CMMC Version 0.6 Has Arrived: What DoD Suppliers Need to Know

Posted by: Tony Farinaro November 15, 2019 CMMC

On November 8th, the Department of Defense (DoD) released version 0.6 (v0.6) of the Cybersecurity Maturity Model Certification (CMMC) to the public.  CMMC v0.6 represents a significant milestone, given DoD’s guidance to date that the Defense Industrial Base (DIB) should assume minimal changes prior to the official launch of CMMC v1.0, which remains on schedule for January.  Members of the DoD supply chain can reference v0.6 with confidence as they initiate and continue to execute preparations for CMMC audit and certification.

CMMC v0.6 accounts for the more than 2000 responses the DoD received from its contractor community to v0.4.  It also reflects the pragmatism that small-to-medium sized business (SMB) suppliers need additional insight and understanding of their responsibilities, and that more than 90% of the 300,000 affected companies will require a CMMC certification at Level 3 or below.

As a result, v0.6 focuses on CMMC Levels 1, 2, and 3.  It acknowledges that while some DoD suppliers may not handle Controlled Unclassified Information (CUI), all receive and must protect Federal Contract Information (FCI) – information, not intended for public release, that is provided by or generated for the Government under a contract to develop or deliver a product or service to the Government.  Federal Acquisition Regulation (FAR) clause 52.204-21, “Basic Safeguarding of Covered Contractor Information Systems,” defines how FCI must be protected.  A Level 1 or 2 certification may be sufficient for those organizations that only receive FCI, while those that handle CUI will need to be certified at Level 3.  Remember, qualifying for a Level 3 certification means meeting all of the practices and processes at that level, as well as CMMC Levels 1 and 2.

CMMC v0.6 includes discussion and clarification for the practices that comprise Level 1 and maps them to the safeguarding requirements identified in FAR 52.204-21, which will help SMBs with limited cybersecurity expertise or resources proceed more efficiently and effectively.  As compared to CMMC v0.4, the latest release reduces the number of practices across Levels 1-3 by approximately 40%, and eliminates the Cybersecurity Governance domain.  v0.6 comprises 131 practices spanning 17 domains for these 3 levels.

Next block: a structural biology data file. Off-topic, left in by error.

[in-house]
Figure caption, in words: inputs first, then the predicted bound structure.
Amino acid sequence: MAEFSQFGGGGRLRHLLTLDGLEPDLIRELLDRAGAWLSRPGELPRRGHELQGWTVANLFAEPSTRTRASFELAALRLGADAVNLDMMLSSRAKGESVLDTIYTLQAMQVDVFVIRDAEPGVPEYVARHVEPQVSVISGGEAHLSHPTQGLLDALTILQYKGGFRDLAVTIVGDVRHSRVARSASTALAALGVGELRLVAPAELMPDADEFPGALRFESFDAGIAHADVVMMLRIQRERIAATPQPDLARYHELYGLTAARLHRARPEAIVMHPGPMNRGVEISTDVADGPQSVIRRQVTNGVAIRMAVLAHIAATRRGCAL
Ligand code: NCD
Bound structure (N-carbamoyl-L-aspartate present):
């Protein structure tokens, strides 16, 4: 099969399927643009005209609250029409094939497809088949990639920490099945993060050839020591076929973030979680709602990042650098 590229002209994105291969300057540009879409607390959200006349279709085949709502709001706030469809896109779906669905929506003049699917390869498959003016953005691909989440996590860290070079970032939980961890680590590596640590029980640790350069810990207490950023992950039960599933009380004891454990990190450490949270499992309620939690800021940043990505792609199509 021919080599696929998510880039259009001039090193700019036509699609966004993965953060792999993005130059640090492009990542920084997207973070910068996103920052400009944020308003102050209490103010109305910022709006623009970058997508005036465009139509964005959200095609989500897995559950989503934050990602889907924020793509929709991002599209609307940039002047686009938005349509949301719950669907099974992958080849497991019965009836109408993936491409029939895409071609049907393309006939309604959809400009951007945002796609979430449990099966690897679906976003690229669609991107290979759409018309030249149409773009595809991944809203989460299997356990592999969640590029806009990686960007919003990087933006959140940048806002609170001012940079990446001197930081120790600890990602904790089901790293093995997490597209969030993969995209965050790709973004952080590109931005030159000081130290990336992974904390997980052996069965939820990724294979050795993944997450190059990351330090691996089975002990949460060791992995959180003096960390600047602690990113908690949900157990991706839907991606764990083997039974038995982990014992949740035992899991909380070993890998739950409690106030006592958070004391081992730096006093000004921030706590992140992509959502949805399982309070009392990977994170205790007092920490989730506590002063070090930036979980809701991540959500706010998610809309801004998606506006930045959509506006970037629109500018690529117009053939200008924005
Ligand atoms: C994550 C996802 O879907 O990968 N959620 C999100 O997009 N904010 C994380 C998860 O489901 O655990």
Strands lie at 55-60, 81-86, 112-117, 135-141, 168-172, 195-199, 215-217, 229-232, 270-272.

Members of the DIB that handle CUI who currently comply with National Institute of Standards and Technology Special Publication 800-171 Revision 1 (NIST SP 800-171 R1) are well-positioned to receive their CMMC Level 3 certification from an approved third-party assessor.  NIST SP 800-171 R1’s 110 security controls (practices) and 14 control families (domains) form the foundation for Level 3.  Organizations must account for an additional 21 practices and 3 domains (asset management, recovery, and situational awareness).  They also must be able to demonstrate an appropriate level of process maturity to maintain good cyber hygiene (review activities for adherence to policies and practices, and provide adequate resources to conduct the reviews and respond accordingly).  The additional practices – derived from sources including ISO 27001, the Center for Internet Security Controls, and the Software Engineering Institute’s CERT Resilience Management Model – support capabilities such as CUI labeling and handling, risk assessment and mitigation, network and system monitoring, software code reviews, and email protection.

The following graphic illustrates how CMMC v0.6 compares to its predecessors and NIST SP 800-171 R1 for Levels 1-3, along with notable practices required at each level.

cmmc 0.6 comparison with prior versions

The release of CMMC v0.6 makes it crystal clear that the DoD intends to adhere to its aggressive implementation timeline, and it will not compromise with respect to the core cybersecurity practices and processes that protect FCI and CUI from the exfiltration that costs taxpayers hundreds of billions of dollars and places national security at risk.  However, v0.6 also reduces the burden and offers significant assistance to DoD suppliers who were not subject to NIST SP 800-171 R1 requirements and only need CMMC Level 1 or 2 certification.  And, v0.6 streamlines the path to CMMC Level 3 certification for those companies that already should be NIST SP 800-171 R1-compliant.  All but a small percentage of the companies (those that work on the most sensitive DoD programs) that directly or indirectly do business with the DoD have the clarity they need to immediately embark on their CMMC certification journeys.